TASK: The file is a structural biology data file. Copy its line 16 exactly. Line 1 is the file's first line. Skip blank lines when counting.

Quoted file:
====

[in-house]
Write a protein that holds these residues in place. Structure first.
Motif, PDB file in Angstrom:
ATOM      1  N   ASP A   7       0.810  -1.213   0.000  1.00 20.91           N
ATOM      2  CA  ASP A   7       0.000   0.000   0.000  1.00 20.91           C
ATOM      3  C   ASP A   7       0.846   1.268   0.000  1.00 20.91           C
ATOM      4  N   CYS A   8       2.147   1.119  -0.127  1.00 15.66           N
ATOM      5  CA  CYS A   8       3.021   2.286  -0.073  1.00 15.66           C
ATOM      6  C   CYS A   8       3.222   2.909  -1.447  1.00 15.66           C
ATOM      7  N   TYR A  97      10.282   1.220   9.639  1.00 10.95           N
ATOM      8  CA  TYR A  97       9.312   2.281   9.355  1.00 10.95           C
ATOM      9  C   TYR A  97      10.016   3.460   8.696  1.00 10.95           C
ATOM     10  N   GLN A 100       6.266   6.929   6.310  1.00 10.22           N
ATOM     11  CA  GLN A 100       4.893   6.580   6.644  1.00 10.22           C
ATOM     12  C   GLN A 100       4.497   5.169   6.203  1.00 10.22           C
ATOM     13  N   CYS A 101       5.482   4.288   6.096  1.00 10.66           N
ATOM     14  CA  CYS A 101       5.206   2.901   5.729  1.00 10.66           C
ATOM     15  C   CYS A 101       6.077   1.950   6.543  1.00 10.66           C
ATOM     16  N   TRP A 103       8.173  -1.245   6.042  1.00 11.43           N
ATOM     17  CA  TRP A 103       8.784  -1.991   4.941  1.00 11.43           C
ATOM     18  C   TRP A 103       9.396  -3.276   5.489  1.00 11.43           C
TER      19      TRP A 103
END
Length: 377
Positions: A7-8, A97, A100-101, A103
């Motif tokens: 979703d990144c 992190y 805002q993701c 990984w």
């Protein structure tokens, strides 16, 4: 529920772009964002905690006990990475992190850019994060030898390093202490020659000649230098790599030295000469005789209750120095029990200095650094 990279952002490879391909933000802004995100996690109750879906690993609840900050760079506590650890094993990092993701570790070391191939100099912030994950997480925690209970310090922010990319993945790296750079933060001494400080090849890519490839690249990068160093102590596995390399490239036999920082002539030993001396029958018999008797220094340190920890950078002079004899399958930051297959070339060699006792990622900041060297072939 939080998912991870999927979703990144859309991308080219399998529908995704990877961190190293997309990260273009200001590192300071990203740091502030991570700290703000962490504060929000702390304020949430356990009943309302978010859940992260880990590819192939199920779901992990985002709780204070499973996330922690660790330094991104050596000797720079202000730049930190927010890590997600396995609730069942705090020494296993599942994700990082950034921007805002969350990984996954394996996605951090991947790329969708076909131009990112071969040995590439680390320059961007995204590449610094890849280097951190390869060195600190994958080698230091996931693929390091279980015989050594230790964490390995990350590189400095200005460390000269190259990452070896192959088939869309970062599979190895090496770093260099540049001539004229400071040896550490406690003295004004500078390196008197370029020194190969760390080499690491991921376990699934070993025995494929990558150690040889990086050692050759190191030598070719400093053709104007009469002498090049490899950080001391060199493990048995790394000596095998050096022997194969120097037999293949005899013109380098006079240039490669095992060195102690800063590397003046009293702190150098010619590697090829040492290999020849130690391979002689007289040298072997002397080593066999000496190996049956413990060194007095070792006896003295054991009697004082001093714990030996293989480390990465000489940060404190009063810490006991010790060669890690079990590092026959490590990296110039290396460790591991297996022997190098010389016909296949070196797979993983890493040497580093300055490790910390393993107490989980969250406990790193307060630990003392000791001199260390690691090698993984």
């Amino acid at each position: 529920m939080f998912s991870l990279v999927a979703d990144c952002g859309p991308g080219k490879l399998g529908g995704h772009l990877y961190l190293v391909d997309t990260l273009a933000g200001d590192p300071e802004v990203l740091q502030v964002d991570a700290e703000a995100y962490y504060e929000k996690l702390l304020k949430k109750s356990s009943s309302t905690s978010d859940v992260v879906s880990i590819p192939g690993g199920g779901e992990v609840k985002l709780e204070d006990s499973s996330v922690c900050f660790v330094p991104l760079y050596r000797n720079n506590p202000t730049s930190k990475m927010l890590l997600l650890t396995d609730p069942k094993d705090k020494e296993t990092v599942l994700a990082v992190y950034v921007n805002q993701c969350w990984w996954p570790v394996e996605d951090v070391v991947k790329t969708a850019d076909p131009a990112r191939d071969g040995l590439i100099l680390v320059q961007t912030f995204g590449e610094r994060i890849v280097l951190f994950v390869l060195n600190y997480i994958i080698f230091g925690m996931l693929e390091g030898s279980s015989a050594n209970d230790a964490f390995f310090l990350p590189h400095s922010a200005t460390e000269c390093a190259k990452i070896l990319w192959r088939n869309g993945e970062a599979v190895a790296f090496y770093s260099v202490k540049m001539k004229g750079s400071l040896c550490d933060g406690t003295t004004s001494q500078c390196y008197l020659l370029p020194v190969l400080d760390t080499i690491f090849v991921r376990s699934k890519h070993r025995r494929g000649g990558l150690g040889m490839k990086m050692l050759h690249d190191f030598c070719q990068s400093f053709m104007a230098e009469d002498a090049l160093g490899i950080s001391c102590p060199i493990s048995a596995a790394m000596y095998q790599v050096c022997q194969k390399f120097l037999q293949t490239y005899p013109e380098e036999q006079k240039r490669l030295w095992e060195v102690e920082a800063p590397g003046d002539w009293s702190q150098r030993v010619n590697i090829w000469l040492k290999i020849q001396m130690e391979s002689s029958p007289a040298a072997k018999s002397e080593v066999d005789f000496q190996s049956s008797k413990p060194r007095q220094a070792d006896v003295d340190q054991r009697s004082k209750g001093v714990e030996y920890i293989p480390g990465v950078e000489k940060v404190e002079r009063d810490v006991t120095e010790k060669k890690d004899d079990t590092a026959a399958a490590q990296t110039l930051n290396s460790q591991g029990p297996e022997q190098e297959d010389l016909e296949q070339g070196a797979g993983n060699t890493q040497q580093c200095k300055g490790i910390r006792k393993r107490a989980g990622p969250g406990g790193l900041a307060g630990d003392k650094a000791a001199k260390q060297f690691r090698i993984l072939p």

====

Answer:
ATOM     13  N   CYS A 101       5.482   4.288   6.096  1.00 10.66           N